USCIS issued a policy alert on February 26, 2020 which updates and clarifies continuous presence requirements for green card holders filing for naturalization. The policy alert specifically refers to absences from the US that are longer than six months, but less than one year.
Currently, it is understood that spending more than six months outside the US can, in some cases, lead to problems when re-entering, but only spending over one year outside the US can lead to abandonment of green card or ineligibility for naturalization. In order to apply for naturalization, one must maintain continuous residence in the US for the five years preceding filing the application (or three years if filing with a US citizen spouse). According to the new policy, absences for longer than six months will officially “trigger a presumption of a break in the continuity of residence” that the applicant must overcome.
Under the new law, it will be more risky for Lawful Permanent Residents to spend six months or longer outside the US, especially if they plan to file for naturalization. After six months outside the US, the applicant will be required to re-establish continuity in residence or overcome the government’s assumption that continuity of residence has been broken. This can likely be achieved by providing evidence of ongoing ties to the US and proof of the necessity of the longer-term travel. The USCIS officer will be required to view it as a break in continuity unless the circumstances surrounding the travel prove otherwise.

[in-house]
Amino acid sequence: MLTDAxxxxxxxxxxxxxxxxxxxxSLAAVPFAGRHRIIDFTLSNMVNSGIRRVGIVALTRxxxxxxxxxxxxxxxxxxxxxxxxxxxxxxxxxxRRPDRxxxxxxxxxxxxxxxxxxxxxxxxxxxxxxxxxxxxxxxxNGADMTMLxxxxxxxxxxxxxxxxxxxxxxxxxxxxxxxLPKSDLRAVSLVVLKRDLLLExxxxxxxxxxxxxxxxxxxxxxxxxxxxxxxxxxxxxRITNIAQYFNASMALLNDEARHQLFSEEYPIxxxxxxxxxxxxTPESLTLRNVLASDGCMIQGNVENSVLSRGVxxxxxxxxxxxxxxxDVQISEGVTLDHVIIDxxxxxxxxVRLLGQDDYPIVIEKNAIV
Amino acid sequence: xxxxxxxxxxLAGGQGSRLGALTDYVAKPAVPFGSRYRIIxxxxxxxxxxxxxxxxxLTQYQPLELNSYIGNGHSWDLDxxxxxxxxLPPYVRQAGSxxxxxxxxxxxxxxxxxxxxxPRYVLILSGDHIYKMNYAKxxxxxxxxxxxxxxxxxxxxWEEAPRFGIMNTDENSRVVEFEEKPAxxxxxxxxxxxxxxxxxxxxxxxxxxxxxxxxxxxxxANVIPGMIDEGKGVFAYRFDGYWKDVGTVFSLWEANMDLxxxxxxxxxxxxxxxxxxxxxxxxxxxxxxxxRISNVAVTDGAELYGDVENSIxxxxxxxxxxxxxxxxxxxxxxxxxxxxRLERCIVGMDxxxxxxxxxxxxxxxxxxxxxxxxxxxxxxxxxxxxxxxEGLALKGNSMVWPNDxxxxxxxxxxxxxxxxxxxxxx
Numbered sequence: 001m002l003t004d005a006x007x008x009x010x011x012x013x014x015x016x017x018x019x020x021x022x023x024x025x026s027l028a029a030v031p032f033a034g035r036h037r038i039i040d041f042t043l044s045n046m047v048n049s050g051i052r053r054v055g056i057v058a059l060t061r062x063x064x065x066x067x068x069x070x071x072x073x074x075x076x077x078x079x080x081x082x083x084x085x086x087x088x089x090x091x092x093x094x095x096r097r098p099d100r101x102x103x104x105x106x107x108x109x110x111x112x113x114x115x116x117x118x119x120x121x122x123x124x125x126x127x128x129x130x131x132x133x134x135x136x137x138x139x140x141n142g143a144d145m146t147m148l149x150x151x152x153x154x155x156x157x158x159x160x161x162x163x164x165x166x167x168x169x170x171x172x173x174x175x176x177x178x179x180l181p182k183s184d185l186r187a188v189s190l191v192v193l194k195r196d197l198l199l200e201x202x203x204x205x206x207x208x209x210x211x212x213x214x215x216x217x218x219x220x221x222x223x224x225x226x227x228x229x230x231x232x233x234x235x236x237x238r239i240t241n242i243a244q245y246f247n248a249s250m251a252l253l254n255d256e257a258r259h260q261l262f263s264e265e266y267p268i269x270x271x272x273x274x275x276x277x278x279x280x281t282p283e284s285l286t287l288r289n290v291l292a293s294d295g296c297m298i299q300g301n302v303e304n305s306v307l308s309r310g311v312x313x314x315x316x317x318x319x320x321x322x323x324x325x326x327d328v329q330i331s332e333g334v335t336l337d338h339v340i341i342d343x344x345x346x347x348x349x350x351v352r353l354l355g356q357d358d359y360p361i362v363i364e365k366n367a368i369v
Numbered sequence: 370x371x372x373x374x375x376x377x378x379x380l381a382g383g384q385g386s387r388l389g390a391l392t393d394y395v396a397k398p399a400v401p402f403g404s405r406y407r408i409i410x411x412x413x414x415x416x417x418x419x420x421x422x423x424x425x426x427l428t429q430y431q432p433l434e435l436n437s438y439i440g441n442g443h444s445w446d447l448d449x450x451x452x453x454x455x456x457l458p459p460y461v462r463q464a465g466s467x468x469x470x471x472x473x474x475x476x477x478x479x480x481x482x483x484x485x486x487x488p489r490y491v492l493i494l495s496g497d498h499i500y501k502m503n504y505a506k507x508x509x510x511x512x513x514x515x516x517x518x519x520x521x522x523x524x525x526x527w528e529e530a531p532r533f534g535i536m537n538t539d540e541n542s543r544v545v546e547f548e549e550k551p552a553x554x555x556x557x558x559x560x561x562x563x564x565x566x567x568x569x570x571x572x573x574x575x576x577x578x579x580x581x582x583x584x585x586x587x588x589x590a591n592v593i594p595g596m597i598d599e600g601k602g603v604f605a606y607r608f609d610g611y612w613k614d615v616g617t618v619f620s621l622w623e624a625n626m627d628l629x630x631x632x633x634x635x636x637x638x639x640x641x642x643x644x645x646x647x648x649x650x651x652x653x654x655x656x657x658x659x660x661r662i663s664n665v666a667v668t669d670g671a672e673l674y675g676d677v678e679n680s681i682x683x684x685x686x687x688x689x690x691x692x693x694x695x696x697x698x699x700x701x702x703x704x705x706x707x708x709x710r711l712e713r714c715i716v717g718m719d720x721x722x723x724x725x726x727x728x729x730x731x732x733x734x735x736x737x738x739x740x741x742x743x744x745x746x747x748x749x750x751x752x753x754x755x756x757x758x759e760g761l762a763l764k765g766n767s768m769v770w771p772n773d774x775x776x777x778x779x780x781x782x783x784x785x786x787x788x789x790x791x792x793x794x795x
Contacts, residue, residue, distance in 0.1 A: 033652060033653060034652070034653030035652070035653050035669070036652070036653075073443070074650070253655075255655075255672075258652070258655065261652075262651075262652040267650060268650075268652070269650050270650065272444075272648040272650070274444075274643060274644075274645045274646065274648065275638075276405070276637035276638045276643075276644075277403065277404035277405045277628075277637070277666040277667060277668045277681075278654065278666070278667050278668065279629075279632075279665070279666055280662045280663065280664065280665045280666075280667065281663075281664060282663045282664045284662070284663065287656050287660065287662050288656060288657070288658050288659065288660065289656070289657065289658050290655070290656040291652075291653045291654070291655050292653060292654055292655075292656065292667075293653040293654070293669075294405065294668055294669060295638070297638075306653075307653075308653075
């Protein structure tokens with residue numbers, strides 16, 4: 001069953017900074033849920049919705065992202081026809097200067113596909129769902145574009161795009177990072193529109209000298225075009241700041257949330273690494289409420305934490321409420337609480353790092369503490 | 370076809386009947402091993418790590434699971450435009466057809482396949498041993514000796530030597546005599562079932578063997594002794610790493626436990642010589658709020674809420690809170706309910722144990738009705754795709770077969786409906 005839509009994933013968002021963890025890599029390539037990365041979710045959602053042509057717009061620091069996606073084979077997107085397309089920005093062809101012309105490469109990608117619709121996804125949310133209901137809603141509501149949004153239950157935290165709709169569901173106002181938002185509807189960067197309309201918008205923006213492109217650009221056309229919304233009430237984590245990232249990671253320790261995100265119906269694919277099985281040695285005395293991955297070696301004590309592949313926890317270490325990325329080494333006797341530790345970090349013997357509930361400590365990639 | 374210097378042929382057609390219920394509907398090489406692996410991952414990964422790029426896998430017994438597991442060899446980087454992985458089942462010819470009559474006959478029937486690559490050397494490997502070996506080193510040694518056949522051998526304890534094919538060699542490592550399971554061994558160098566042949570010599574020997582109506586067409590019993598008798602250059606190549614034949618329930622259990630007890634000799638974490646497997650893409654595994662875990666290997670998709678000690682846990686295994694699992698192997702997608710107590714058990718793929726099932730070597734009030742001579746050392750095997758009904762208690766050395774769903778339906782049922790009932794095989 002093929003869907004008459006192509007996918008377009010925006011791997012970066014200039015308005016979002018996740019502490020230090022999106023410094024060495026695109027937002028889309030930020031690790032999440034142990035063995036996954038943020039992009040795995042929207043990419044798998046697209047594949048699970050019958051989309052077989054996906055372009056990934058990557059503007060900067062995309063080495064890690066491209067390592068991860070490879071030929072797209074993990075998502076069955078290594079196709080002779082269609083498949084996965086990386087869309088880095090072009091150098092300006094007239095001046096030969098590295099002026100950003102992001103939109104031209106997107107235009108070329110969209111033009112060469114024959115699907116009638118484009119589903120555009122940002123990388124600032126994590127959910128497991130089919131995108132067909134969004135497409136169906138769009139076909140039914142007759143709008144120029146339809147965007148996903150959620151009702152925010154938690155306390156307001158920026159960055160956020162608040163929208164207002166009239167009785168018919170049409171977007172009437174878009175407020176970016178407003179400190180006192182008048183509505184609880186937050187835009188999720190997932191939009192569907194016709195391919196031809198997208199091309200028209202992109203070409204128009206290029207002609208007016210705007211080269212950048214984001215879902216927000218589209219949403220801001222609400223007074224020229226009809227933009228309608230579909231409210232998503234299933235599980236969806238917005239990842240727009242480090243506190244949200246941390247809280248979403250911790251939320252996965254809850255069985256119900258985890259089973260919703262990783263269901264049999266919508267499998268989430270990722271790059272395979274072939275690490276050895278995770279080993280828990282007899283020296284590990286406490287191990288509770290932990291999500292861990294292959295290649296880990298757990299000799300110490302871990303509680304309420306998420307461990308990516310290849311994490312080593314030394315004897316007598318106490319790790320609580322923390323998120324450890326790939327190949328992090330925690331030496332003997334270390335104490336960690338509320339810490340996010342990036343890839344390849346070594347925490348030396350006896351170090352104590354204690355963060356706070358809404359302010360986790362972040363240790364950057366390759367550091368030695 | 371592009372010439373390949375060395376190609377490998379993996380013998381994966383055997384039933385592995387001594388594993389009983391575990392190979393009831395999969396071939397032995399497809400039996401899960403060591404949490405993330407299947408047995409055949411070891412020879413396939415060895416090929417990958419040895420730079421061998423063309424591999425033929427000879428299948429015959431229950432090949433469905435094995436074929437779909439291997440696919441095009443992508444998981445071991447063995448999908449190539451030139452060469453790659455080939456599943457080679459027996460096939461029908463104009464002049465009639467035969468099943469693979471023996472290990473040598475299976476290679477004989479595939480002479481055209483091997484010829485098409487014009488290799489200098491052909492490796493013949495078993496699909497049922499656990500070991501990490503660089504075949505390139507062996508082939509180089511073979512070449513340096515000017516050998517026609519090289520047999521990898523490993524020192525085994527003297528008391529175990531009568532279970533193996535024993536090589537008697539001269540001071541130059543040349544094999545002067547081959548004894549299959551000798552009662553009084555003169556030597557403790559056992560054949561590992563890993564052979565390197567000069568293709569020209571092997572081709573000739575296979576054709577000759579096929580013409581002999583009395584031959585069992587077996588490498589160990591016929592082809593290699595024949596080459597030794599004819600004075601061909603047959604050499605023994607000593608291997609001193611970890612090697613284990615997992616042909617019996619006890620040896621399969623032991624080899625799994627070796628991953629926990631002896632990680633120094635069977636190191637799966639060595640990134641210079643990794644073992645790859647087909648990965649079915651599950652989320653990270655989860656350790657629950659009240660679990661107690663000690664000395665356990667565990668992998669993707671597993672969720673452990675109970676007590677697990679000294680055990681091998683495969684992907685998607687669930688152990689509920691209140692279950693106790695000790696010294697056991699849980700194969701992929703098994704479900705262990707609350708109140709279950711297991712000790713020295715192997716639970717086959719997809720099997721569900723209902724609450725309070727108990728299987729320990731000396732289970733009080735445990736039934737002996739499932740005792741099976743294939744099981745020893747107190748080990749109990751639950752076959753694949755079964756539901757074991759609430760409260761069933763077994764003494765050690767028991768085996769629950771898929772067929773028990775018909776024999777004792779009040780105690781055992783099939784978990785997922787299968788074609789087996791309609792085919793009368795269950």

Establishing continuous residence has always been a part of the naturalization application process and USCIS officers have always been required to calculate and review the exact amount of days spent outside the US. Under the new system, any applicant who spends longer than six months away at one time will likely have a much harder time establishing continuous residence and will most likely need to wait to file for citizenship once they have reestablished residence.
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